Friday, July 15, 2016

Writing for a young adults audience

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Teens are passionate readers, many falling in love with their favorite characters and often loving to hate the antagonist. It's these types of emotions that I hope to elicit from my readers, but just how does an adult write realistic stories for teens? We get to know our audience and then create compelling stories with characters they can relate to.

First, let's discuss character. The main character's age of any novel depends on who they are and what conflicts they'll face along the way. Getting to know your protagonist is the first step in developing them as a person. Below are a few writing exercises I've used to bring out my main character's personality and innermost thoughts:
  • Have your character write a letter either to you or to a supporting cast member in the story.
  • Write about your protagonist. This can be anything: a big event in her life, how she spent summer vacation, a typical day. What you write may not end up in the story, but it will help you get to know who she is as a person.
  • Create character sheets that not only includes basic features (age, color of eyes, etc.), but notes fears, allergies, likes and dislikes. Answer questions like “I love my mom, but …” “My dad always…” “I wish…” and “If I could change one thing…” (For more tips on character sheets, click here.

Now that you know your character, you need to focus on voice. Voice is everything in a teen novel, because if your characters don't sound like teenagers, you're going to lose your reader's attention. So what is voice? It's word choice, style, and reflection. It's seeing the world through a teen's eyes. To help bring out your character's voice, bring things back to them. For instance, a character may comment on a poster they have hanging in their bedroom: "I can't believe I still have that unicorn poster on the wall." Or they may notice that a person's eyes are the same green as their grandmothers.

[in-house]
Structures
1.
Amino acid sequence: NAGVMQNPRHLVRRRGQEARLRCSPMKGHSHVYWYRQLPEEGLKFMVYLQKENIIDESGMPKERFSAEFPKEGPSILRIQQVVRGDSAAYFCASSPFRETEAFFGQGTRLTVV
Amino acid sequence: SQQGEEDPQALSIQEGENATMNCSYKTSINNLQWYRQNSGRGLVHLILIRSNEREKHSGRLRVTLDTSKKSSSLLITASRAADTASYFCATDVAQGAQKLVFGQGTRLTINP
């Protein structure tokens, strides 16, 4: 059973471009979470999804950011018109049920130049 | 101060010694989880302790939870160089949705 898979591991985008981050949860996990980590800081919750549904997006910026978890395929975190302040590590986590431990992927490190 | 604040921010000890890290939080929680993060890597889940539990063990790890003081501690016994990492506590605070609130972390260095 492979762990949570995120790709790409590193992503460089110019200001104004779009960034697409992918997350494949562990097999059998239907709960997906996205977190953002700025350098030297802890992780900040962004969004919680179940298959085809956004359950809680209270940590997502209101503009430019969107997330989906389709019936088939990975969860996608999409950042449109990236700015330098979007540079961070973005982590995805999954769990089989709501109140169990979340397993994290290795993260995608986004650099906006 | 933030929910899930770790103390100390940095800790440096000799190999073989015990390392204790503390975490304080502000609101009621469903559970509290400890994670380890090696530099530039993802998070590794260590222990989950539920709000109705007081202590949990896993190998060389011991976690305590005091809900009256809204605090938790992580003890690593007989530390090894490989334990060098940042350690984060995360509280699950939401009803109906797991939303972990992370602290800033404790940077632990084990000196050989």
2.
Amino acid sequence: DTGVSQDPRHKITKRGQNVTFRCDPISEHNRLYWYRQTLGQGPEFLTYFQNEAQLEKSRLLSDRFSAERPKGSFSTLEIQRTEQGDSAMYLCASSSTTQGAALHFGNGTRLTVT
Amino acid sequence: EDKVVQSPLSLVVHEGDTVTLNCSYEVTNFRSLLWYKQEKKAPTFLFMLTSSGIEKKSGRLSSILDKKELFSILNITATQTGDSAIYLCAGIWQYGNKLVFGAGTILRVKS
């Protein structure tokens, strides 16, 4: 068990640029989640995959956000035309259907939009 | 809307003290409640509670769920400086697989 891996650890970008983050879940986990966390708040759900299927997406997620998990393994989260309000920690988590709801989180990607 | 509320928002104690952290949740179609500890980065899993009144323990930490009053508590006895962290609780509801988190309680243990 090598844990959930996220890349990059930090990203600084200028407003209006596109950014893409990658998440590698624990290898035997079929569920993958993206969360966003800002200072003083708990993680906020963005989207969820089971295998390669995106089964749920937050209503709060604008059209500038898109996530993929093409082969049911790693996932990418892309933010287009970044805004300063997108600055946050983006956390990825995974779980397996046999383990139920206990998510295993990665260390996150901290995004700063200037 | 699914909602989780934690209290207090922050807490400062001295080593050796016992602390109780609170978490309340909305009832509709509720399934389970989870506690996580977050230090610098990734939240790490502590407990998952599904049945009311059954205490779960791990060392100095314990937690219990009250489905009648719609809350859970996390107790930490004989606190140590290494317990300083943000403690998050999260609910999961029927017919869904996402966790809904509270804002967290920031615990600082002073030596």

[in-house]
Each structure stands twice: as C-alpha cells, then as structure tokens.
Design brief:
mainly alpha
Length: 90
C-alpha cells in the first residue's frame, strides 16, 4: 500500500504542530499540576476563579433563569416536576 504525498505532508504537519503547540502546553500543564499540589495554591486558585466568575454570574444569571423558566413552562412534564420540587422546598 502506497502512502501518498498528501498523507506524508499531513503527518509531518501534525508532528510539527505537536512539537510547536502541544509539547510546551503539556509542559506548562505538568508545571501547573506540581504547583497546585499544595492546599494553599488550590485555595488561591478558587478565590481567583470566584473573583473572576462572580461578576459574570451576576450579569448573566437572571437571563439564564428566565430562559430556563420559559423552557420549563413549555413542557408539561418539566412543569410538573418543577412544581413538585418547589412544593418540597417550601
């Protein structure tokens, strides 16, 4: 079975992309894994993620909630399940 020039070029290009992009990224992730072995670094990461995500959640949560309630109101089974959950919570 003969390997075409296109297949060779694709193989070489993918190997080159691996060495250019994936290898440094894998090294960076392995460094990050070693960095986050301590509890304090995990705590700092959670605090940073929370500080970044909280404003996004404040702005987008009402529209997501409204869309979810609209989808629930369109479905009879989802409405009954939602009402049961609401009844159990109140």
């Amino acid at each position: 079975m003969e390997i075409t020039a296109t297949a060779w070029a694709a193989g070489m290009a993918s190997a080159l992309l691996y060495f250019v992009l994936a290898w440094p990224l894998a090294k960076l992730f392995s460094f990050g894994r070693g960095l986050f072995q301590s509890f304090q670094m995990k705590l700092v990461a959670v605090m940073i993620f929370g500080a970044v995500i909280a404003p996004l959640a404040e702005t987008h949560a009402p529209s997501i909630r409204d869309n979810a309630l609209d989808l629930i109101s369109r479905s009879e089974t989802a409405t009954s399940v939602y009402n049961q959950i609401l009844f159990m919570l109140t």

To improve the authenticity of your character's voice, visit places where teens hang out. Observe their actions, body language, and speech. Take a notepad with you and jot down what they do and say. Okay, this may seem a little creepy, but as writers, we watch people all the time anyway. (If you're not, you should be!) Besides, I'm not suggesting you sit across from them with a notepad and pen like you're directing the scene. Blend in. Have a cup of coffee and a book in front of you. Wear headphones with no music. Attend high school sports, plays and other events that are open to the public. Be where teens are and your characters voice will benefit from it.

And when talking about writing for a young adult audience, I can't forget to mention plot. The first thing I'd like to say on this is...

Hook is not plot. Hook is what draws your reader in.
Plot is what carries your reader from page one to the end of the book.

How do I develop plot? I think about what is important to teens the same age as my protagonist. Then, I ask myself if the conflicts make sense to a person this age, and I remind myself of the following:
  • Teens are complex.
  • Include inner monologue in all my scenes.
  • It's okay for things not to be black and white. There can be gray areas in young adult.
  • My character should grow during the course of his or her story.
  • Don't be vague. The story can't be absent of details.
  • Write from the heart, because if I don't my readers will know.
I hope you found some of my tips helpful. If you have any tips you'd like to share, I'd love to hear them.

Wednesday, July 6, 2016

Checking in


We've reached the halfway point of 2016. I figured this was a good time to check how I'm doing on my goals. I'm happy to say I finished the first draft of one WIP. I'm really excited about this book. It's my baby, and while I say this about my other books, too, the characters in this story are the ones who got me hooked on writing. They've grown and changed over the years, and so has their relationships and the intricate details of the plot. This version is a fresh look into their exciting world. It's all new with lots of fun, magical, and sometimes dark things happening. Next up: polishing the manuscript to smooth out the rough spots and really make it shine.

I've done okay in the patience department. My fingers are still crossed that my agents finds a good home for the novel she has. And I have a few other projects in the works. 

How's your writing coming? Are you on track with your goals? Enjoying the summer?

Thanks for stopping by!

This has been an Insecure Writer's Support Group post. It's where writers share their thoughts, insecurities, and encouraging words. Thanks to Alex Cavanaugh and our co-hosts for keeping IWSG going. If you would like to know more about the group, just follow the link